Monday, August 31, 2009

Today’s heroes – Yesterday’s villains.

Last week Royal Bank reported record high earnings. In the twilight of Canada’s recession, Canada’s biggest, bluest bank surprised us all. Other banks experienced healthy profits too. Bank analysts and the financial press reported that the Canadian economy and the real estate/mortgage sector had not been as bad as they had been predicting – and this was why the banks reported such strong quarterly earnings. This, plus one other factor: trading revenues from investment banking and capital markets divisions.

Apparently 21% of Royal Bank’s record high earnings came from traders. And we all know that traders are paid salary + bonus. And, because those trading profits were so high, we can guess that those employees’ bonuses will be really high too.

Wasn’t it just seven short months ago that new president Barrack Obama expressed outrage at the bonuses being paid by the US banks he was bailing out? Even though the traders and managers had made money for the failing banks and had done their jobs, they didn’t deserve their bonuses. For those American banks late last year, the economy was weak and the real estate/mortgage sector was collapsing. Times were so bad that US banks were failing despite the traders’ having done their jobs. The traders’ bonuses were reduced because the mortgage department lost so much money.

We wonder how that problem was eventually resolved. Did the American banks’ traders get paid less? Or did they simply have those bonuses postponed until the banks became profitable again? Or did they quit their jobs in New York and join the Canadian banks in Toronto?

How the rules change in the investment business. What works one year may not work the next. It appears that rule-changing can also apply to people’s paycheques. Traders who had earned their bonuses in US banks in 2008 were financial villains who did not deserve to get paid. But Canadian traders in 2009 are financial heroes, helping propel Canadian banks back to blue chip status. Either way, their fate seems to have been determined by the mortgage department, not the trading department. Because Canadian banks’ mortgage departments were profitable, Canadian traders will have no trouble collecting their 2009 bonuses. Because American banks’ mortgage departments were a disaster in 2008, their traders were criticised for their ‘undeserved’ bonuses. This time around, American investment bankers and capital markets traders were somehow dependent on the bank’s mortgage portfolio for their bonuses.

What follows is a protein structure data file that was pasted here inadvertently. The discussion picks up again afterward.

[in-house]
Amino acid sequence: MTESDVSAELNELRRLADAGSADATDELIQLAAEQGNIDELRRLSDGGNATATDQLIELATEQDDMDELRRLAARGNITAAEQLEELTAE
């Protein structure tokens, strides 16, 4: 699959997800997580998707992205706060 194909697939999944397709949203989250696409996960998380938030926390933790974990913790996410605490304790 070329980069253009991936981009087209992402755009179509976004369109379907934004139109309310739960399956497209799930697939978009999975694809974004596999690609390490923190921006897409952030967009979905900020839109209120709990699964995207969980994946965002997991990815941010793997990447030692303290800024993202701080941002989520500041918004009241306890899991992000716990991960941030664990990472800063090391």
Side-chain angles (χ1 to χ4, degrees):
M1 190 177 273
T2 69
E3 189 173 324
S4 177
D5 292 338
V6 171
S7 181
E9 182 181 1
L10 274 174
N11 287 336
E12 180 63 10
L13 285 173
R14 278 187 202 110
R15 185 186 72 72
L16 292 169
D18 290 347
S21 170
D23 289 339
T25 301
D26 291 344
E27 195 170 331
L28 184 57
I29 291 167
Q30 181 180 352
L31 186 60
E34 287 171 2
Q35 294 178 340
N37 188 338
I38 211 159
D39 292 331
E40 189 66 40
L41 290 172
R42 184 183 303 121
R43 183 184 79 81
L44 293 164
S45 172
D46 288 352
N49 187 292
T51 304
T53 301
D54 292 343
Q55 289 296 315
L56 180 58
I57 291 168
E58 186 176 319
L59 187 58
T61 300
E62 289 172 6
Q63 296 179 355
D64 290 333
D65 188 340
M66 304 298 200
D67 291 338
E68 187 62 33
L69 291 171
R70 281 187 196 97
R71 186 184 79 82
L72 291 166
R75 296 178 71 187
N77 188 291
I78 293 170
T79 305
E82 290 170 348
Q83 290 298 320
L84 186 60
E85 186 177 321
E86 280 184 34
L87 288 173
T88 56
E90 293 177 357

How about your personal investment bank – or your personal capital market: do your advisors deserve a bonus? Most mutual funds investors pay management expenses of over 2% of the value of their investments. When your investments go down in value, you pay them 2% of that lower value. If your investments are down 30%, your mutual funds manager receives 30% less management fee. In a strange way, it almost seems fair; but it doesn’t feel fair. In fact, it feels outright unfair.

In the world of finance, feelings count. When the banks were being bailed out by the government, it didn’t feel right that bank employees would receive big bonuses, no matter how good a job they did. Now that the Royal Bank has proven to the world that Canadian banks are high quality blue chip banks, there is no problem paying those big bonuses.

In my book, Beyond the Bull: Taking Stock Market Wisdom to the Next Level, I discuss how our feelings affect our investments. In seven short months, banks have gone from presidential rebuff to examples of blue chip stability. And in those same seven months, Royal Bank stock went from under $30 per share to over $55. Your feelings count.

Ken Norquay, CMT
Chief Market Strategist,
CastleMoore Inc.

Links to Beyond the Bull:




Monday, August 17, 2009

Casino Bus Riders

The Blue Chip Bus

I was driving to work today with Sheldon Liberman, portfolio manager for the investment firm CastleMoore Inc. We were on the highway being passed by a bus heading for Casino Niagara. Chinese letters and two-foot poker chips were painted on the side of the bus. We were quipping about the phenomenon of gambling in our culture and wondering about the minds and hearts of the enthusiastic passengers on that bus. And this was all happening before nine a.m!

Based on the fact that there were so many blue poker chips painted on the bus, I joked that the passengers were probably all financial planners and mutual funds salesmen.

Shel shot back with the following conundrum: has the expression “blue chip” lost its meaning? Blue chip used to refer to higher quality safer investments. But in 2008 the biggest insurance company in the world [AIG], the biggest bank [Citibank], the biggest stock broker [Merrill Lynch] and the biggest mortgage company [“Fanny Mae”] all needed to be bailed out. And in 2009 General Motors, formerly the world’s biggest auto company went into bankruptcy. It seems that blue chip stocks have become the area of highest risk in the stock market.

Maybe my guess that the casino bus was full of financial planners was closer to the mark than I first thought. Mutual funds salesmen are trained to sell the products of the biggest mutual funds in the industry. Somehow they have been trained to believe that huge mutual funds companies are safer than the smaller companies. Somehow big blue chip is touted as being better for their clients than small, efficient, entrepreneurial. Maybe that’s the problem with Canadian investors’ RRSPs: we are too heavily exposed to the blue chip sectors of the stock market and the mutual funds industry. Canada’s financial planners just keep betting on the favourites and losing.